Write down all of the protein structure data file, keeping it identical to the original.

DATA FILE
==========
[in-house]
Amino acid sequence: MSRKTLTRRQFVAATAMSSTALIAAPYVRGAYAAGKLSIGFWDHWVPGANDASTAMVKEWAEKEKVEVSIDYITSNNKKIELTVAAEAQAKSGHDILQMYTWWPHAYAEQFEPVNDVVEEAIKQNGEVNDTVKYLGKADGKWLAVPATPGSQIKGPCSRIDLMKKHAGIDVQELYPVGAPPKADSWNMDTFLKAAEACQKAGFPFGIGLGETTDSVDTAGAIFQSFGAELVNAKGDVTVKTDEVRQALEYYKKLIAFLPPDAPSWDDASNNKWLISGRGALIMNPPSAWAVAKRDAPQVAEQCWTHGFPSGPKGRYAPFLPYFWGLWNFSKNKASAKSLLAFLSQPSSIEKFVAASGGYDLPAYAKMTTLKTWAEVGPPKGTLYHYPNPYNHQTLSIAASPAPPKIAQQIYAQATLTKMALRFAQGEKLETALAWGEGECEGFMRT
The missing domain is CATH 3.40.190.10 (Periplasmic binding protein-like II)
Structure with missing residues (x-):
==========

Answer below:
[in-house]
Amino acid sequence: MSRKTLTRRQFVAATAMSSTALIAAPYVRGAYAAGKLSIGFWDHWVPGANDASTAMVKEWAEKEKVEVSIDYITSNNKKIELTVAAEAQAKSGHDILQMYTWWPHAYAEQFEPVNDVVEEAIKQNGEVNDTVKYLGKADGKWLAVPATPGSQIKGPCSRIDLMKKHAGIDVQELYPVGAPPKADSWNMDTFLKAAEACQKAGFPFGIGLGETTDSVDTAGAIFQSFGAELVNAKGDVTVKTDEVRQALEYYKKLIAFLPPDAPSWDDASNNKWLISGRGALIMNPPSAWAVAKRDAPQVAEQCWTHGFPSGPKGRYAPFLPYFWGLWNFSKNKASAKSLLAFLSQPSSIEKFVAASGGYDLPAYAKMTTLKTWAEVGPPKGTLYHYPNPYNHQTLSIAASPAPPKIAQQIYAQATLTKMALRFAQGEKLETALAWGEGECEGFMRT
The missing domain is CATH 3.40.190.10 (Periplasmic binding protein-like II)
Structure with missing residues (x-):